As the recovery from the Global Financial Crisis edged forward in the early 2010s, inflation hawks warned about the “certainty” of an imminent spike in inflation following the aggressive stimulus measures taken by global central banks. Unfortunately for the U.S. Federal Reserve and some of its other monetary counterparts, that certainty never materialized, and it then spent the better part of the next decade attempting to stoke what was once thought to be a sure thing.
Today, following another crisis and subsequent monetary rescue, the inflation hawks are back, as is uncertainty around the path forward for inflation. Despite massive stimulus and a spike to the money supply earlier this year, the 10-Year Breakeven Inflation Rate is right around where it was to start 2020 (1.72% on Aug. 26, 2020, versus 1.77% on Dec. 31, 2019), 30 bps below the Fed’s previous 2% long-term inflation target.
Movement in real asset prices has also sparked inflation fears. The S&P GSCI Gold, for example, was up 25% YTD as of Aug. 26, 2020, though the underlying dynamics likely extend far beyond a potential jump in inflation—gold’s rise also reflects general market fears of economic uncertainty and the sharp decline in bond yields we’ve seen already this year. To pick a commodity somewhat esoteric for the financial markets, but most decidedly “real,” lumber prices have also soared in the past four months, and recently reached record highs on the back of a surge in new home sales.
To help combat the inflationary uncertainty, on Aug. 27, 2020, Fed Chairman Jerome Powell unveiled a new direction for the central bank’s travel: average inflation targeting. This approach would allow the Fed to monitor inflation over longer periods of time and set policy based on where inflation has been on average, rather than where inflation is today. In practice, this means that should inflation rise, the Fed would likely let it run above its 2% annual target for some time before enacting contractionary measures. If the Fed’s policies have the effect of suppressing yields across the fixed income markets even as inflation begins to rise, perhaps investors could be disposed to take a second look at the equity markets for reliable income.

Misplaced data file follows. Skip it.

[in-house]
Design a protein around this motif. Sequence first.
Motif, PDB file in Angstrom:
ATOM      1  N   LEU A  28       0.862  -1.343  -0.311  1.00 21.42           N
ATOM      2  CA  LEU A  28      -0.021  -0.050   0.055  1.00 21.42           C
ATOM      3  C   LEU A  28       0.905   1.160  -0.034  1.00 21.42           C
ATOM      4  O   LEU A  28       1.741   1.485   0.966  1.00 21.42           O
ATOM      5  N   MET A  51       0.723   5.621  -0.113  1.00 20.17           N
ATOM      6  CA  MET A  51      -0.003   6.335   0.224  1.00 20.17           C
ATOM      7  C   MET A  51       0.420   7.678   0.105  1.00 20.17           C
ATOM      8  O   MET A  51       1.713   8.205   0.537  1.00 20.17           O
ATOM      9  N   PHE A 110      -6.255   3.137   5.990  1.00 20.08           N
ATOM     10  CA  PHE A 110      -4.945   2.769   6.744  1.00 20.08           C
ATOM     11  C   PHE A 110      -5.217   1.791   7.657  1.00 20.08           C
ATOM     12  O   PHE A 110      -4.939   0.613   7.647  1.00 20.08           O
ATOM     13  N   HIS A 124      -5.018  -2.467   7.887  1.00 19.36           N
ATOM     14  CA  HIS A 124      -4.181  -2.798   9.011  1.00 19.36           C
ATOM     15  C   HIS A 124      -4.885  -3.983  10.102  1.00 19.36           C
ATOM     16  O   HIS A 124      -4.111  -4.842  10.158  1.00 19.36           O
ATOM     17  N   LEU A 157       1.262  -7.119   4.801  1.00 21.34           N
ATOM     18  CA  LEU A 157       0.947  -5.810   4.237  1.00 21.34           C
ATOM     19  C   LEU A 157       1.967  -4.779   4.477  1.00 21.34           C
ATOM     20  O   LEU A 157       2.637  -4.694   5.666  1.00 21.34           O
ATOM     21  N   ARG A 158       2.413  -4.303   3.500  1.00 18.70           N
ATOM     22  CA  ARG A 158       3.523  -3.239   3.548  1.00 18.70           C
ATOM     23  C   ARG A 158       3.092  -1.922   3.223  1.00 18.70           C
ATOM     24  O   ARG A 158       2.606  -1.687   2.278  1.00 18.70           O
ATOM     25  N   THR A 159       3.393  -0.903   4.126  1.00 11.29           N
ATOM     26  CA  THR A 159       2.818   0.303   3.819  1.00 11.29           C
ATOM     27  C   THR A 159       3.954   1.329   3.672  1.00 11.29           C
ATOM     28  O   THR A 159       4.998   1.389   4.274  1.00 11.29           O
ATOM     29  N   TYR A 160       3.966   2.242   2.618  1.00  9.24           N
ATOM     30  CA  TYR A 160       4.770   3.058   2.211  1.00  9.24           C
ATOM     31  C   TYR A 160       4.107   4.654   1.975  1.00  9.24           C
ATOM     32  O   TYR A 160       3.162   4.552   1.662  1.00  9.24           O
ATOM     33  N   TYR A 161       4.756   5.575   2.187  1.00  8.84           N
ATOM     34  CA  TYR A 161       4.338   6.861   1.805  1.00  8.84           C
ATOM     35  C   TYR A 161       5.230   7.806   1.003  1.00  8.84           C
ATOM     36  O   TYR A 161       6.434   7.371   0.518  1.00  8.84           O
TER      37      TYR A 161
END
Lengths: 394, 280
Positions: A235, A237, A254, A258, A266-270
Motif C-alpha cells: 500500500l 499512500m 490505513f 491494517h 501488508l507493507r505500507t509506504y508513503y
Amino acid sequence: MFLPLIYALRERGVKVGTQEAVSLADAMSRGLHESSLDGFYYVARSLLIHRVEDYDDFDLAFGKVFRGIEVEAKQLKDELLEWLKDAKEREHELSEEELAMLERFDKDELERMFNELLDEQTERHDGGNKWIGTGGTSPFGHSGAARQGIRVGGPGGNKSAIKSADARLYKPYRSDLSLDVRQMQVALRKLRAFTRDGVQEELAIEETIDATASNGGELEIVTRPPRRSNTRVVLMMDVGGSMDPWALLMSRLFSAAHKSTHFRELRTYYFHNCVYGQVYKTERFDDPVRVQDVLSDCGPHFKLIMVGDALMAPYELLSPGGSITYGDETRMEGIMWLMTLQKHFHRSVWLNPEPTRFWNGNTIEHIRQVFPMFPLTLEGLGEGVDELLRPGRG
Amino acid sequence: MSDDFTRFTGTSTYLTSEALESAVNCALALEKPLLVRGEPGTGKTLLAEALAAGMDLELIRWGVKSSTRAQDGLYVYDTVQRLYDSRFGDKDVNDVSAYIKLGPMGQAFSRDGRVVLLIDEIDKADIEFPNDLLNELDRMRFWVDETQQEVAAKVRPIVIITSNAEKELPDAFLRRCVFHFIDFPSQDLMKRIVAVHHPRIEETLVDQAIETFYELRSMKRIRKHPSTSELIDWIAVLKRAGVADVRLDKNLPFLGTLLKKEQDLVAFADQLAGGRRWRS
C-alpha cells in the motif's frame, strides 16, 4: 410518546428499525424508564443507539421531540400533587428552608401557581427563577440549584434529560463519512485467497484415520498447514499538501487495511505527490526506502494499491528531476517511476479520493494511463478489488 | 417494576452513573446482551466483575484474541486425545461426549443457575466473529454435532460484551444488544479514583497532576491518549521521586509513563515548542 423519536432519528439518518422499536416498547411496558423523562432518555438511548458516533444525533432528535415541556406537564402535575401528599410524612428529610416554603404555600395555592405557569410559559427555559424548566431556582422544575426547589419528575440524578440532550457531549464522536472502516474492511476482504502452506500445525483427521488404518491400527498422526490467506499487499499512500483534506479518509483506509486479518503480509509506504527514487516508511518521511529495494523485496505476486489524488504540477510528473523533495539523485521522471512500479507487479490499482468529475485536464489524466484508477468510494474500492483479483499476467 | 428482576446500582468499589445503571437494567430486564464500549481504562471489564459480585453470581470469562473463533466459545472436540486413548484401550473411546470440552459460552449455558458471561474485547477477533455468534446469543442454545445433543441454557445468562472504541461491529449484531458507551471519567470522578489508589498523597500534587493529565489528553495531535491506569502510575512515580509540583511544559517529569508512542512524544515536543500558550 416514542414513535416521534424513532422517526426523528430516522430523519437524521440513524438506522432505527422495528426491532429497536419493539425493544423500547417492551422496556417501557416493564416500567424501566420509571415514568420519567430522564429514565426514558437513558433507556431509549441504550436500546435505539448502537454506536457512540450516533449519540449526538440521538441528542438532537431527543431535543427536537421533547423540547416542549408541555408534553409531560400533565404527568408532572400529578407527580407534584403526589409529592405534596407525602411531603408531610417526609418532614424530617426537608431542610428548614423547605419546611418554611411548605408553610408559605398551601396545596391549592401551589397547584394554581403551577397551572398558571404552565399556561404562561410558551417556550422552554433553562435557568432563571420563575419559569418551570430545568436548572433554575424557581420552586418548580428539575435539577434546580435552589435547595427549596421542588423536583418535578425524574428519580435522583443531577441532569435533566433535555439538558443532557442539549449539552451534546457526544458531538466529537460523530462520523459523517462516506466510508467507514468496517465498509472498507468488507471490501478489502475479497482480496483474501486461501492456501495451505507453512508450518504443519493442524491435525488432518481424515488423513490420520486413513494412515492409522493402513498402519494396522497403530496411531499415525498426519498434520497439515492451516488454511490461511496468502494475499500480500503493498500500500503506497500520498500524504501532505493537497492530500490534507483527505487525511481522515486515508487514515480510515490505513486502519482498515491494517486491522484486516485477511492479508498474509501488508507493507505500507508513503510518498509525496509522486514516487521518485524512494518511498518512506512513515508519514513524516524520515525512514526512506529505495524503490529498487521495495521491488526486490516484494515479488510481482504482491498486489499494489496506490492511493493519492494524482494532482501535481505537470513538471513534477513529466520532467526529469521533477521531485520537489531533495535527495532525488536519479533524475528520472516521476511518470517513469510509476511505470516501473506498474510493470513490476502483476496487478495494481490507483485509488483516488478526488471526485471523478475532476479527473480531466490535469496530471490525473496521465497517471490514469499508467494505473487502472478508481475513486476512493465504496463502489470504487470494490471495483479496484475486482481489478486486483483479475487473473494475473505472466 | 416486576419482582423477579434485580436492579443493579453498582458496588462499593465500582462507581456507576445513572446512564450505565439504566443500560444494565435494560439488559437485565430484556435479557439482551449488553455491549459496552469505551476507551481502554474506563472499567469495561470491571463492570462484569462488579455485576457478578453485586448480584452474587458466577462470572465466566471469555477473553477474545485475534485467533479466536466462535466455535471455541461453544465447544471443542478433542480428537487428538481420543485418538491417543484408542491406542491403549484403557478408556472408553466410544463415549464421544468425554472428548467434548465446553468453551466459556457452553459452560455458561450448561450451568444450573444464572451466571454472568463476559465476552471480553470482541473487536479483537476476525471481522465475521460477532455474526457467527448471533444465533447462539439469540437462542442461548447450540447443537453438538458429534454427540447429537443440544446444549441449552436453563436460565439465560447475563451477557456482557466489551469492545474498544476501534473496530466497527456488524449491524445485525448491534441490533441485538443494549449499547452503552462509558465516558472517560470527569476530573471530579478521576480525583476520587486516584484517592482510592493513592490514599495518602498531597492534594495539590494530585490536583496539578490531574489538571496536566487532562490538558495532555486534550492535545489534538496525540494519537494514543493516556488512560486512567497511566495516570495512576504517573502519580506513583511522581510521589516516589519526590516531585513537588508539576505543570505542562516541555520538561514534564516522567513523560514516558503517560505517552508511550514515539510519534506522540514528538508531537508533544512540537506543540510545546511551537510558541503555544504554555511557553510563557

If they do, they might be wise to discern between companies that can maintain a steady stream of cash payouts to shareholders, and those that (perhaps due to a collapse in price) have a high dividend yield. The S&P Dividend Aristocrats® Indices are designed to track the performance of companies with a long history of maintaining or increasing their dividends per share, and that accordingly might be hoped to continue to do so. While those stocks classified as “Aristocrats” are not always those with the highest dividends, the yields on this series of indices can also be quite chunky: the S&P Global Dividend Aristocrats, for example, boasts a 6.2% yield.
Though the future for inflation is uncertain, bond yields could be lower for longer even if inflation picks up. For investors seeking income, perhaps it is time to give the equity markets a second look, and to let the Fed power your entry into the Aristocracy.The posts on this blog are opinions, not advice. Please read our Disclaimers.